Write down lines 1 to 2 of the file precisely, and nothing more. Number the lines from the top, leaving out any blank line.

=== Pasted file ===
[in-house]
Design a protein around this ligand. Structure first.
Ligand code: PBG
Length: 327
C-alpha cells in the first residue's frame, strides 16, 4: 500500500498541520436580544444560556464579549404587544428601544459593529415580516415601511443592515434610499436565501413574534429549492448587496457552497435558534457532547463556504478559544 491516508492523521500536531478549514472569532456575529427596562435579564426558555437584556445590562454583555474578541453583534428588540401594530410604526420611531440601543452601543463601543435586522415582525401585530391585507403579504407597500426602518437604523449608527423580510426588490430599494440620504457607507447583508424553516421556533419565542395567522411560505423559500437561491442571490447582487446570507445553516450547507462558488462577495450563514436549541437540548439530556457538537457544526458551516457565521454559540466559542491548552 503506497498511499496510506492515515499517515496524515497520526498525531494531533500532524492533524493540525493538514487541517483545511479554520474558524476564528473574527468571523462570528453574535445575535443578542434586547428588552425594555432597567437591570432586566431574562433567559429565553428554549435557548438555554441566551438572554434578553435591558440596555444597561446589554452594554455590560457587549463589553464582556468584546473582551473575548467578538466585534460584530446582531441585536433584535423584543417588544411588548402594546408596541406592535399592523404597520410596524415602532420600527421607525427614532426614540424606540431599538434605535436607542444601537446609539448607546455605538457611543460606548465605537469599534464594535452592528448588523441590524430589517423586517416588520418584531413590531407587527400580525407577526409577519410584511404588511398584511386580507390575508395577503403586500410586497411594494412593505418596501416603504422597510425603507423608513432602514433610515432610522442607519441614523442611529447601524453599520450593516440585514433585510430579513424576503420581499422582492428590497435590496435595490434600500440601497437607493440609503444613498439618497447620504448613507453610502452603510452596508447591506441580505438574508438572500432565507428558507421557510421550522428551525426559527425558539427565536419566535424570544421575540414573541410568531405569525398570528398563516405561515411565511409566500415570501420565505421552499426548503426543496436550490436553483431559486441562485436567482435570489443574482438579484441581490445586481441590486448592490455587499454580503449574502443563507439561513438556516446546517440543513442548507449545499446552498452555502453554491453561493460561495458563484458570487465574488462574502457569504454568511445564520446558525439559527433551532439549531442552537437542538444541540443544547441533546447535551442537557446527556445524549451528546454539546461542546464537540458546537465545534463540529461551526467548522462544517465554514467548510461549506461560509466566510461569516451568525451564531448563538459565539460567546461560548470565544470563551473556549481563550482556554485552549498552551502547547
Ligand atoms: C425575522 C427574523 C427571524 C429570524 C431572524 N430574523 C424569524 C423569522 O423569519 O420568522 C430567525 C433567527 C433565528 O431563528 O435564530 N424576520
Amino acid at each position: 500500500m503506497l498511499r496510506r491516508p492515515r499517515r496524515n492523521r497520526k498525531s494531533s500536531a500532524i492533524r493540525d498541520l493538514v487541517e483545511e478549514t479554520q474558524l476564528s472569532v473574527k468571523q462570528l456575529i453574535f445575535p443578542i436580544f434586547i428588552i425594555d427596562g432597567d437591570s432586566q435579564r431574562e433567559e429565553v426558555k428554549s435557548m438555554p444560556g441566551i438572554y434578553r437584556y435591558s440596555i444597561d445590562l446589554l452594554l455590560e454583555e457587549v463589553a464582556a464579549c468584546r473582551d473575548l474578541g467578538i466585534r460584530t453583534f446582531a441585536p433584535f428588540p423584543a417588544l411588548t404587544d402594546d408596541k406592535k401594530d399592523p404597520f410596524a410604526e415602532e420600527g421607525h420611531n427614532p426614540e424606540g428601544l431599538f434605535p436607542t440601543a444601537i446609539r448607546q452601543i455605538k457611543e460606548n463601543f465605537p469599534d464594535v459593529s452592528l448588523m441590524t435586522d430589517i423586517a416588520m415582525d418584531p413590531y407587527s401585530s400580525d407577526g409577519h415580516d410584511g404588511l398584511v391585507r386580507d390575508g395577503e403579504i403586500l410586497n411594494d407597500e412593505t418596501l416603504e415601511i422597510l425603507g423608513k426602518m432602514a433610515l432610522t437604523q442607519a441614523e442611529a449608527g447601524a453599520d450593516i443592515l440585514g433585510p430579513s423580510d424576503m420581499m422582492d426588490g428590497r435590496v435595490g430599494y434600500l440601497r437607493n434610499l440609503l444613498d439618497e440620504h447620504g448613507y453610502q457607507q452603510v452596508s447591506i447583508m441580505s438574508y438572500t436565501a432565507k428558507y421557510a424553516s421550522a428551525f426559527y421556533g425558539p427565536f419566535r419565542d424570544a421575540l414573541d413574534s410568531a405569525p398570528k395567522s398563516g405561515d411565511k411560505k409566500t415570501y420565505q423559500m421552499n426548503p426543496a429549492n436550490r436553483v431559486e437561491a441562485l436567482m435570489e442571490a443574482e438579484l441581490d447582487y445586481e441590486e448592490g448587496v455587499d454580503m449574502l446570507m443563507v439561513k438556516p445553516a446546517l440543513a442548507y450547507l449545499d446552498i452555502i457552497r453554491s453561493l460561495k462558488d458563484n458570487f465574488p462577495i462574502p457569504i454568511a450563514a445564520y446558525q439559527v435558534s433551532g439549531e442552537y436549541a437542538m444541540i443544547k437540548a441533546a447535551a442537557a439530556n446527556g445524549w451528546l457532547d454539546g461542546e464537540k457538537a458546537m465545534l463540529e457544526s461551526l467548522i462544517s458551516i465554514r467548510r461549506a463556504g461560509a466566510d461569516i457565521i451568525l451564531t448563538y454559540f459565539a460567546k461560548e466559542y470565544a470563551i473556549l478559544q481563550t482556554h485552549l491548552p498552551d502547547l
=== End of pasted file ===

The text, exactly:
[in-house]
Design a protein around this ligand. Structure first.